Students increase their knowledge of the sheep industry

Knowledge: Over 160 students from western NSW attended this year's Dubbo Wether Challenge Education Day. Photo: Supplied.
Knowledge: Over 160 students from western NSW attended this year's Dubbo Wether Challenge Education Day. Photo: Supplied.

Over 160 students from across western NSW have furthered their young careers in the sheep and wool industry by attending an educational workshop recently.

Approximately 163 students from 28 schools were involved in the day-long course which covered sheep nutrition and production, breeding and selection, greasy wool assessment, an industry overview and career pathways within the wool industry.

The students came from Mudgee, Condobolin, Forbes, Dubbo, Gulgong, Orange, Molong, Warren, Yeoval, Hilston, Narromine, Tullamore, Dunedoo, Nyngan, Tottenham, Trangie and Wellington, to name a few.

The Dubbo Wether Challenge Education Day had some students travelling up to 10 hours to attend the event.

The wethers were provided by Egelabra Merino Stud and each student team has been given three wethers to take back to their school to help them prepare for the National Merino Challenge to be held in Adelaide in May.

The event was supported and organised by the Australian Wool Innovation (AWI) and the NSW Stud Merino Breeders’ Association.

Woolgrower Ben Watts, the co-organiser of the event with Matthew Coddington said the number of schools and students that were interested in the event surpassed their expectations this year.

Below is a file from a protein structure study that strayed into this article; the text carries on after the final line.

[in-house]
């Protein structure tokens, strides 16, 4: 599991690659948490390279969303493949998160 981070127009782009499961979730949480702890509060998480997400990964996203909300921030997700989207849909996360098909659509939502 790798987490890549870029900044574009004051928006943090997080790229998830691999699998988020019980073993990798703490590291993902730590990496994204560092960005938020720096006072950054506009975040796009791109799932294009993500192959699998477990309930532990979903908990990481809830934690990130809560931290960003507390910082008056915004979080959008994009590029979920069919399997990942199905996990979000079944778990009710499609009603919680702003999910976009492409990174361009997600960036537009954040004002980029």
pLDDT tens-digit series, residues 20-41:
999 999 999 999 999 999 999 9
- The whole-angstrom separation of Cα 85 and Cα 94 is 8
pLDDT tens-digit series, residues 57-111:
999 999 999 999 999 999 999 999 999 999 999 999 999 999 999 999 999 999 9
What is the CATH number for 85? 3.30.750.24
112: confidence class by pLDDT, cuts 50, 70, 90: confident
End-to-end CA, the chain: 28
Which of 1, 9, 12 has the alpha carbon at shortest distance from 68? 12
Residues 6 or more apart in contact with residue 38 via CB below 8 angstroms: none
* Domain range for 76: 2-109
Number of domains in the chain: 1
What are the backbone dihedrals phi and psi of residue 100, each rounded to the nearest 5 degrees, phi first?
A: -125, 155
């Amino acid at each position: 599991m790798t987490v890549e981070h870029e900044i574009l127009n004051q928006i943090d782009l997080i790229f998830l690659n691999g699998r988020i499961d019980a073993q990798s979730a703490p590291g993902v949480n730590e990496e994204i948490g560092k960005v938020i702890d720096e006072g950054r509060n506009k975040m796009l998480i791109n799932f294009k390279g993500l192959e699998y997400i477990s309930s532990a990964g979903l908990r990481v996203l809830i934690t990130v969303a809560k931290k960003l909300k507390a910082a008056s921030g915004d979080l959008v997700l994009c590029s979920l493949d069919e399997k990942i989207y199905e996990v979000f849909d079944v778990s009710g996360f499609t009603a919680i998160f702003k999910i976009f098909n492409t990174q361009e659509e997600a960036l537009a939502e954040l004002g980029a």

“It was great to have more schools than ever participating in hands-on activities and join up to the program,” Mr Watts said.

“The school students ranged from years 9 to 12 and came from right across NSW.”

Kandos High School agriculture teacher Kim White said the Dubbo Wether Challenge was one of the main sheep events in Australia for high school aged students to get involved in.

Kandos High School joined the program last year and the school now has two teams that participate at the event.

“The students had limited knowledge of sheep before joining the program. There isn’t as many opportunities to get involved in sheep as there are in cattle and the Dubbo Wether Challenge has definitely sparked great interest among our students,” Kim said.

Using the knowledge that they acquired at the Dubbo Wether Challenge Education Day, the students will train the wethers for the show ring and teach them to lead, as well as use the nutritional knowledge they learnt on the day to put weight and muscle on their sheep so they are in the best condition.

This experience will help equip the students with the knowledge required to compete well in the National Merino Challenge. Kim said the event was a great networking day where students could make friends and connections throughout the sheep industry.

“There was a great positive atmosphere on the day and the kids are excited to get back to school and prepare for the National Merino Challenge,” Kim said.